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September 10th, 2009 #1
concept artist bad career choice???
i want to become a videogame concept artist and i heard about all the salary and stuff and know some schools i'd love to apply to, however, is a videogame concept artist a good job? because my art teacher makes it seem like i'll have to work for a different company everyday and look for work constantly with little pay. is this true? if you are a concept artist please give me your first person account of how schooling and work has been and can i technically work for one company forever and still have work and a steady pay?
Hide this ad by registering as a memberSeptember 10th, 2009 #2
you dont need to be be a concept artist to answer this post just have a perspective of it, because, i would prefer to know what im getting into.
September 10th, 2009 #3
First off, let me say that I'm a bit peeved at your high school art teacher for raining down on your dream of becoming a video game artist. It's one thing to inform a student about the down side of any profession but where's the balance in speaking about the benefits of the field. It seriously sounds as though they are ill informed as to what it is we do for a career... and more importantly WHY we do this.
People who become artists don't go into it for the money. We do this because of a passion to create. This is more than just a job; it's a calling and it's set deep within us that we want to do this. We don't just clock out at the end of the day and forget about work. I'd be drawing non-stop even if I wasn't getting paid for it. Getting a healthy paycheck is just a bonus. In essence I'm getting paid to do my hobby.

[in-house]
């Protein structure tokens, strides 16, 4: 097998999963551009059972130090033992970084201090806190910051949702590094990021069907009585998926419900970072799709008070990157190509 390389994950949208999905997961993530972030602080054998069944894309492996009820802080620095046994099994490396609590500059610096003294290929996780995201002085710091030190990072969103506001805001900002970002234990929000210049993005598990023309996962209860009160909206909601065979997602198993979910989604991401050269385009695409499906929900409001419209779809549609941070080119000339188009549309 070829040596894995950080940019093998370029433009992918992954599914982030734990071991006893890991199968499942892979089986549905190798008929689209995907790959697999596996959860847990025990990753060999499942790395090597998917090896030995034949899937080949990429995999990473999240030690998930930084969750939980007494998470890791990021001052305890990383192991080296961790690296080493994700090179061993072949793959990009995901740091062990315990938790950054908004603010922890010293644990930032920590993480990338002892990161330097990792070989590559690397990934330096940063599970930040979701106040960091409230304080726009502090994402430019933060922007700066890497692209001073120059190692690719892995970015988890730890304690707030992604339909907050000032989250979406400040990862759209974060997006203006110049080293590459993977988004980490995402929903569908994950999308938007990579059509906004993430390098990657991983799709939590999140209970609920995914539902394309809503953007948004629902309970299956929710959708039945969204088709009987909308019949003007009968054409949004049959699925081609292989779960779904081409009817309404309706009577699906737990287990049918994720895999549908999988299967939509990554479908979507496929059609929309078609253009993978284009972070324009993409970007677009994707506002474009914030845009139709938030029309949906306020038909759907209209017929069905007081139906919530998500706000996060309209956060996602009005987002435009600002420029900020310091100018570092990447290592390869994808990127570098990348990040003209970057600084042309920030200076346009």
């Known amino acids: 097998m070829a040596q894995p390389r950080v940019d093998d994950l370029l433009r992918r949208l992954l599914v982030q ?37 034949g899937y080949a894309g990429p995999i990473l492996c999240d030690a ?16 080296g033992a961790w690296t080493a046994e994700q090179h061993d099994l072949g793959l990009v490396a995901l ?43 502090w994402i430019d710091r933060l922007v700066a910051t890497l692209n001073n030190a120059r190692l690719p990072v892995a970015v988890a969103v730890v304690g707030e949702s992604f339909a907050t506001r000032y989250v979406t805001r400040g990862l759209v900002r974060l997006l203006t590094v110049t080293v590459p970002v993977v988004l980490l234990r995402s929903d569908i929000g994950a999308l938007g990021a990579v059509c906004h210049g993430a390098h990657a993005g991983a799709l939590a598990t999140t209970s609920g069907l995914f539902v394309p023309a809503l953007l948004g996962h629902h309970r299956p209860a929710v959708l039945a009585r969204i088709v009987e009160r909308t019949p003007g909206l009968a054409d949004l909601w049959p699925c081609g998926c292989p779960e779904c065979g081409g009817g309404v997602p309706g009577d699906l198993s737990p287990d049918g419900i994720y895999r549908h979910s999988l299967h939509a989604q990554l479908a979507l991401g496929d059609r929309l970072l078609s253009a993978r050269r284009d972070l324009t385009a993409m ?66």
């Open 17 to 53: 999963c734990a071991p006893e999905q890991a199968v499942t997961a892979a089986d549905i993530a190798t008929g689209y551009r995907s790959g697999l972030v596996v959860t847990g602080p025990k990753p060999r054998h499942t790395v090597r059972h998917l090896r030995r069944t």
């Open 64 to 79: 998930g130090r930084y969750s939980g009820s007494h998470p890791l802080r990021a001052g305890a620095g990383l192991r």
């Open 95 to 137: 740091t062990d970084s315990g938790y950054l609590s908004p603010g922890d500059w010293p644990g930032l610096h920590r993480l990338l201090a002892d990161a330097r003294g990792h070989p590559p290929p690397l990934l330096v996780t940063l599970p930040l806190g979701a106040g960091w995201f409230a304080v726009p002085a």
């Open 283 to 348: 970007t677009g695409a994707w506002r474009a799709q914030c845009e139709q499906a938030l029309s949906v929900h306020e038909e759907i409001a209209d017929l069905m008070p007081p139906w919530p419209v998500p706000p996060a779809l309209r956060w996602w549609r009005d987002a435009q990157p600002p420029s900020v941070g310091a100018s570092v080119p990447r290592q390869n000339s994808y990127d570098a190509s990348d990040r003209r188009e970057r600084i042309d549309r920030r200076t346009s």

As is with many professions, starting out you won't be making much money. You have to pay your dues in ANY profession. You have to earn the trust of the people who hired you and more importantly you have to earn the trust and respect of your team mates & peers. But with great work you'll also be rewarded handsomely as well.
One also has to understand that our field does not and should not foster a person staying there for their entire careers. Think about the stagnation that can set in from staying at one place for too long; that's the down side of being at one place forever. One should move from place to place, not just to stay refreshed with new challenges but to expand one's knowledge of the work force. With each move should also come some monetary rewards as well; think of them as promotions.
If you're looking for job security, it's a fallacy. You're only as secure at a job as you feel. What's more "secure"- a freelancer who never knows where they're getting work (but still gets work) or the person who works steady at a place (but could get axed at any moment)? So if you're looking for any sort of job security, you're only as secure as you want to be. Don't rely on someone else or a job to feel secure.
For me, schooling was extremely important in the sense it gave me my chops. I learned valuable skills there. I met amazingly talented and driven people there that are now my peers and industry leaders. School gave me the opportunity to experiment, fail (without much consequence), and it gave me the confidence to succeed. Seeing other creative approaches (not just within my concentration, but with craftspeople, fine artists, industrial designers, and other artists) also influenced my approach to art and it also taught me tolerance of art that I don't necessarily like (but still respect).